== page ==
A Backbone of Volunteers
Zanella assess and trains the horses himself for the program, and ultimately would like the program to expand to the point where the veterans would also be a part of that process. “It’s a continued process of learning and doing,” said Zanella. “Pennsylvania loves their veterans, and finding riders hasn’t been a problem. As with any non-profit, our greatest challenge is funding and finding enough volunteers, both horse and human.”

Most of the horses in the program are there on a volunteer basis with their owners, who bring them in as needed to the loaned facility. Since the horses constantly mirror the behavior of the tense and skittish veterans they are helping, Zanella tries rotating horses to keep them from getting burned out. Among the horses in the lineup are a variety of steady-minded mares and gelding with smooth gaits and sweet dispositions.

“We have great support out here,” said Zanella, “Our volunteers are amazing. When the veterans do start to ride, most have had little to no experience in the saddle and need a leader and two side-walkers per horse. It’s not just volunteers with horse experience either, but also the people who help put together fundraisers and events. We know that not everyone can volunteer long hours or donate large financial contributions, and we try to provide simple ways to stay involved.”

VTH in October
Coming on October 10, Victory Therapeutic Horsemanship is presenting a screening of the film “Riding My Way Back,” a documentary of a veteran who went through the same equine therapy program as Zanella did in Washington. “This is very personal to me because the subject is a good friend…he was a mentor and this documentary totally depicts what they go through and the amazing effects of horses on their lives,” said Zanella. This short film has won multiple awards for its outstanding cinematography and content.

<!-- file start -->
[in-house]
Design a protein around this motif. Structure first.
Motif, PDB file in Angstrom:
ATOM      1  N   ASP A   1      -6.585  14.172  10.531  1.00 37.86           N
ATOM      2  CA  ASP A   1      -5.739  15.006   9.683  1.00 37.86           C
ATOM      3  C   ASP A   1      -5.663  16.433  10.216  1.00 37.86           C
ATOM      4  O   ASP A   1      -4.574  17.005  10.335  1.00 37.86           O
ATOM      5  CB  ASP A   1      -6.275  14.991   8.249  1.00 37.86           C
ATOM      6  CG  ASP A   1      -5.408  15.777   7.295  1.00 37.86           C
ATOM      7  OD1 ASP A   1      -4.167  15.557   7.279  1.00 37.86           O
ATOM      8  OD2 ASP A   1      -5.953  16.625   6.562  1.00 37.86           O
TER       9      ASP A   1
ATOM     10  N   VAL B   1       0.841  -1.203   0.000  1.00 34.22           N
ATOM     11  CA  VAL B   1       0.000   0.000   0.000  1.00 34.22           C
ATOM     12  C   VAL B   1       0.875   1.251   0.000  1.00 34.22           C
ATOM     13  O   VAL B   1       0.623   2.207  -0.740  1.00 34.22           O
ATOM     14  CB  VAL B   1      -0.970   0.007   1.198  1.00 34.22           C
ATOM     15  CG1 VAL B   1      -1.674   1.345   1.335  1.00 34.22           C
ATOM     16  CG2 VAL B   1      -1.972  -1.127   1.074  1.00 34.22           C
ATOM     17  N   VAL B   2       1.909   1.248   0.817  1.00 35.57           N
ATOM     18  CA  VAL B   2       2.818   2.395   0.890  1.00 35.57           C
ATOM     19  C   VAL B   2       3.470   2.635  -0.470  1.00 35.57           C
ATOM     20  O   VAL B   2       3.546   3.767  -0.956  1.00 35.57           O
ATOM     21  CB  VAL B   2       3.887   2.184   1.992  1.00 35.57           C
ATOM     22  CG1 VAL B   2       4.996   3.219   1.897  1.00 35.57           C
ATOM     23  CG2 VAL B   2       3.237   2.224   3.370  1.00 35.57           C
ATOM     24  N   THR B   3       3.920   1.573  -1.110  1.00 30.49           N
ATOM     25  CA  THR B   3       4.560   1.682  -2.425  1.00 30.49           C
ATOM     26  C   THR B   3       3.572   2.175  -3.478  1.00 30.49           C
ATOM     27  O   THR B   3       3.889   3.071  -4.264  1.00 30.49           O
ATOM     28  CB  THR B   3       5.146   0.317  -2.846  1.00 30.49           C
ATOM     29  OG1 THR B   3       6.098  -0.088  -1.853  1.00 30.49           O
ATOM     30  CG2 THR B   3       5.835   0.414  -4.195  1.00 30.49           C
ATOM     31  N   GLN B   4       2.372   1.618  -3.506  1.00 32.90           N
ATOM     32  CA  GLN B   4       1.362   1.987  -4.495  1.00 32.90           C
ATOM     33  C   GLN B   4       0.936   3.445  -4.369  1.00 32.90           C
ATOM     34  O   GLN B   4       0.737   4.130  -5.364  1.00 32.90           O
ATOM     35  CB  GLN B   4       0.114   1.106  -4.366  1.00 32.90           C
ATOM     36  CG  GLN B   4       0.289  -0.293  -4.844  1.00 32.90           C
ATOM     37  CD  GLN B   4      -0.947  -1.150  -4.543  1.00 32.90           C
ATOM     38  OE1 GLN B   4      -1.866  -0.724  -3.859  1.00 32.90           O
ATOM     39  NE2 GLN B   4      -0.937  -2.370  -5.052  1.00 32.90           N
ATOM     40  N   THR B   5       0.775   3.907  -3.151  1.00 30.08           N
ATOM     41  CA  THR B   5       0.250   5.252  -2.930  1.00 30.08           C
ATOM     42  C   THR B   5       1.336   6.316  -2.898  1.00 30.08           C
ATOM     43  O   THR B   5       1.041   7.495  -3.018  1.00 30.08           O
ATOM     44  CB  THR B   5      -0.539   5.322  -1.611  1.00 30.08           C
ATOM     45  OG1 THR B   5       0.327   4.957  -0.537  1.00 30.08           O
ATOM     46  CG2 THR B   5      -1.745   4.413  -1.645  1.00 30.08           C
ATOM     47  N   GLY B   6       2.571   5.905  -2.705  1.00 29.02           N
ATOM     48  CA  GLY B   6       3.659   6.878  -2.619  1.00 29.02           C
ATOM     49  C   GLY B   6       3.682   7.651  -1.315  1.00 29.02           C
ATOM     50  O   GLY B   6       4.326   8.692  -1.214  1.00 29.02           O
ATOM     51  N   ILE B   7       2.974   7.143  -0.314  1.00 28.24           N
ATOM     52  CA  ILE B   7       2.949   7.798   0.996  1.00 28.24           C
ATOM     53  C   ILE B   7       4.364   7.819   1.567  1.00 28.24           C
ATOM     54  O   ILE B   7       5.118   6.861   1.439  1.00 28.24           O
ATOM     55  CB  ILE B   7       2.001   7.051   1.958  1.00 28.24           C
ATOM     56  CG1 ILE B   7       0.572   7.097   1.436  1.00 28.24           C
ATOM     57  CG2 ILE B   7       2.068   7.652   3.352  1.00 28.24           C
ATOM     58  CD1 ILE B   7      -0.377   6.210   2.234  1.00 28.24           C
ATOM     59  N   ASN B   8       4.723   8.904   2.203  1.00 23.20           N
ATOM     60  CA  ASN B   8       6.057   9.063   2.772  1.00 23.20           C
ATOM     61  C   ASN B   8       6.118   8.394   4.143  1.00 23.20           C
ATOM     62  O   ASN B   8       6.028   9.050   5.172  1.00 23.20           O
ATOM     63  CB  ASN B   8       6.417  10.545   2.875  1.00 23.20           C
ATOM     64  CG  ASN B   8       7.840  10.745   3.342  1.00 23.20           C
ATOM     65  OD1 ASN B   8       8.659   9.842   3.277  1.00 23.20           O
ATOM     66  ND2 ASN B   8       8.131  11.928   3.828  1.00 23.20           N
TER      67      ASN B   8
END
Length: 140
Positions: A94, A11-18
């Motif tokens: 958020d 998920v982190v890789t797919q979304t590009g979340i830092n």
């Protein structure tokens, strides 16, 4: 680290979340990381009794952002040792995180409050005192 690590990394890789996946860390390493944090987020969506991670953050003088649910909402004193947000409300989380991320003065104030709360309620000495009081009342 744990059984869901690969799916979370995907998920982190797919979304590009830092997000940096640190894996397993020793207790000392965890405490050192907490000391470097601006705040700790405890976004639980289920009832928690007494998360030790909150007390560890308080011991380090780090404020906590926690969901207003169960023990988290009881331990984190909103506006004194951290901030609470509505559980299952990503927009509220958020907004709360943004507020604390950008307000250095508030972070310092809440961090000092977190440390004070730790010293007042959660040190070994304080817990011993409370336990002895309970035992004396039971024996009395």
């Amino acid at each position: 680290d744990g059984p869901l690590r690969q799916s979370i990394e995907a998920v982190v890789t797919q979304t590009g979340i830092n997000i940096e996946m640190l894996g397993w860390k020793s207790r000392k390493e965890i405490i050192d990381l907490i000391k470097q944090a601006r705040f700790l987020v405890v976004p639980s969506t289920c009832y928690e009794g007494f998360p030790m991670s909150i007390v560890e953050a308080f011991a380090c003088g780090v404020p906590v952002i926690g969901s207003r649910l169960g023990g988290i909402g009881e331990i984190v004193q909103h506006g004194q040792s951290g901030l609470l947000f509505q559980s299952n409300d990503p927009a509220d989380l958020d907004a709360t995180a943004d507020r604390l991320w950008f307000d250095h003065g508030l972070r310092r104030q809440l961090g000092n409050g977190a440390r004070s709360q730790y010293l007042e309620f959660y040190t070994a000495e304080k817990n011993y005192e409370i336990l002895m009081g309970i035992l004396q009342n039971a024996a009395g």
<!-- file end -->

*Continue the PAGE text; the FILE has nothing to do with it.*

On October 24, Victory Therapeutic Horsemanship is partnering with the Northern Blair County Recreation Center to host the First Annual Victory Run, a race which gives the participants the opportunity to honor a beloved veteran during the ten or five kilometer run, or two-mile walk in Altoona, PA.

In the six months since opening, Victory Therapeutic Horsemanship has hosted tack sales, volunteer drives, and a sporting clay fun shoot, attended a therapeutic horsemanship convention as well as an American Competitive Trail Horse Association event, sold “bravelets” as one of multiple fundraisers, and have only just started getting the word out.

“In the future, I think our only limits are our imagination,” said Zanella. “I’d love to see our own facility with a wide selection of horses that could help veterans several days a week. These needs won’t go away, and not just for veterans either. Anyone who has gone through abuse or domestic violence, or children of deployed soldiers…there are so many different demographics that could benefit from equine therapy.”

Interested in helping Victory Therapeutic Horsemanship? Contact John Zanella online at www.victoryhorse.org or via Facebook at Victory Therapeutic Horsemanship. More details regarding the film “Riding My Way Back” (www.ridingmywayback.com) and the Victory Run can be found on the Victory Therapeutic Horsemanship Facebook page.